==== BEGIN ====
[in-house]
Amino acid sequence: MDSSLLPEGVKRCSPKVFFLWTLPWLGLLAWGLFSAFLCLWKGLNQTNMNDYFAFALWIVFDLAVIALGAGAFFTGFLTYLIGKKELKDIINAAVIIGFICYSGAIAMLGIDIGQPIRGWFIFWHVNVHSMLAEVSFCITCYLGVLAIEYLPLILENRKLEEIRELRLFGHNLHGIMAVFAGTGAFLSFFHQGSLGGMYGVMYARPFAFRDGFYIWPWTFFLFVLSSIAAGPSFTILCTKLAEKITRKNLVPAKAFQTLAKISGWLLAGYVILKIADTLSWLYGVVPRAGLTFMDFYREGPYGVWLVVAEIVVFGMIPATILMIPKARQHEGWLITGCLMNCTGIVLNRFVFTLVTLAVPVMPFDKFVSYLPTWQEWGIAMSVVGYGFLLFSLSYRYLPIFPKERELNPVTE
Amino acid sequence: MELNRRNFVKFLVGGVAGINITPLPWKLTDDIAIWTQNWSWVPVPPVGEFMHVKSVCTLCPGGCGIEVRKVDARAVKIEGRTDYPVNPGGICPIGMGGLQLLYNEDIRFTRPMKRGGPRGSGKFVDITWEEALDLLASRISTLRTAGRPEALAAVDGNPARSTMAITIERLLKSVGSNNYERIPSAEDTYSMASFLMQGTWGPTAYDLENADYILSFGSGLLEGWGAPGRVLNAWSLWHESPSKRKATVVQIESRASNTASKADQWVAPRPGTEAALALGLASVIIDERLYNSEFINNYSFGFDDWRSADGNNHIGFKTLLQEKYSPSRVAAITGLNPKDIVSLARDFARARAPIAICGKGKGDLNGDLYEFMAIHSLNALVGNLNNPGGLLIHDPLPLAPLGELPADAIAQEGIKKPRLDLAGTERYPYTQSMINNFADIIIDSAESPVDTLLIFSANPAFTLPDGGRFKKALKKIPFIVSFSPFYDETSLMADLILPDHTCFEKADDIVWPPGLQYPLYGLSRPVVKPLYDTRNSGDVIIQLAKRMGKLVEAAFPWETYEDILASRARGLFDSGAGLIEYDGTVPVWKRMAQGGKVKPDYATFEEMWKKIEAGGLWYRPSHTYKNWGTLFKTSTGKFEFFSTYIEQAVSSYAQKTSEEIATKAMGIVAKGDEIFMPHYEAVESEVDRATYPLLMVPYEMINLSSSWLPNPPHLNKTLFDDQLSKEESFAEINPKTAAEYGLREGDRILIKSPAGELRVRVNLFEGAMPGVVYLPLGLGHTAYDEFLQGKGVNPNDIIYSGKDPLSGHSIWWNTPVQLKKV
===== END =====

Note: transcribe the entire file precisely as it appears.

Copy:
[in-house]
Amino acid sequence: MDSSLLPEGVKRCSPKVFFLWTLPWLGLLAWGLFSAFLCLWKGLNQTNMNDYFAFALWIVFDLAVIALGAGAFFTGFLTYLIGKKELKDIINAAVIIGFICYSGAIAMLGIDIGQPIRGWFIFWHVNVHSMLAEVSFCITCYLGVLAIEYLPLILENRKLEEIRELRLFGHNLHGIMAVFAGTGAFLSFFHQGSLGGMYGVMYARPFAFRDGFYIWPWTFFLFVLSSIAAGPSFTILCTKLAEKITRKNLVPAKAFQTLAKISGWLLAGYVILKIADTLSWLYGVVPRAGLTFMDFYREGPYGVWLVVAEIVVFGMIPATILMIPKARQHEGWLITGCLMNCTGIVLNRFVFTLVTLAVPVMPFDKFVSYLPTWQEWGIAMSVVGYGFLLFSLSYRYLPIFPKERELNPVTE
Amino acid sequence: MELNRRNFVKFLVGGVAGINITPLPWKLTDDIAIWTQNWSWVPVPPVGEFMHVKSVCTLCPGGCGIEVRKVDARAVKIEGRTDYPVNPGGICPIGMGGLQLLYNEDIRFTRPMKRGGPRGSGKFVDITWEEALDLLASRISTLRTAGRPEALAAVDGNPARSTMAITIERLLKSVGSNNYERIPSAEDTYSMASFLMQGTWGPTAYDLENADYILSFGSGLLEGWGAPGRVLNAWSLWHESPSKRKATVVQIESRASNTASKADQWVAPRPGTEAALALGLASVIIDERLYNSEFINNYSFGFDDWRSADGNNHIGFKTLLQEKYSPSRVAAITGLNPKDIVSLARDFARARAPIAICGKGKGDLNGDLYEFMAIHSLNALVGNLNNPGGLLIHDPLPLAPLGELPADAIAQEGIKKPRLDLAGTERYPYTQSMINNFADIIIDSAESPVDTLLIFSANPAFTLPDGGRFKKALKKIPFIVSFSPFYDETSLMADLILPDHTCFEKADDIVWPPGLQYPLYGLSRPVVKPLYDTRNSGDVIIQLAKRMGKLVEAAFPWETYEDILASRARGLFDSGAGLIEYDGTVPVWKRMAQGGKVKPDYATFEEMWKKIEAGGLWYRPSHTYKNWGTLFKTSTGKFEFFSTYIEQAVSSYAQKTSEEIATKAMGIVAKGDEIFMPHYEAVESEVDRATYPLLMVPYEMINLSSSWLPNPPHLNKTLFDDQLSKEESFAEINPKTAAEYGLREGDRILIKSPAGELRVRVNLFEGAMPGVVYLPLGLGHTAYDEFLQGKGVNPNDIIYSGKDPLSGHSIWWNTPVQLKKV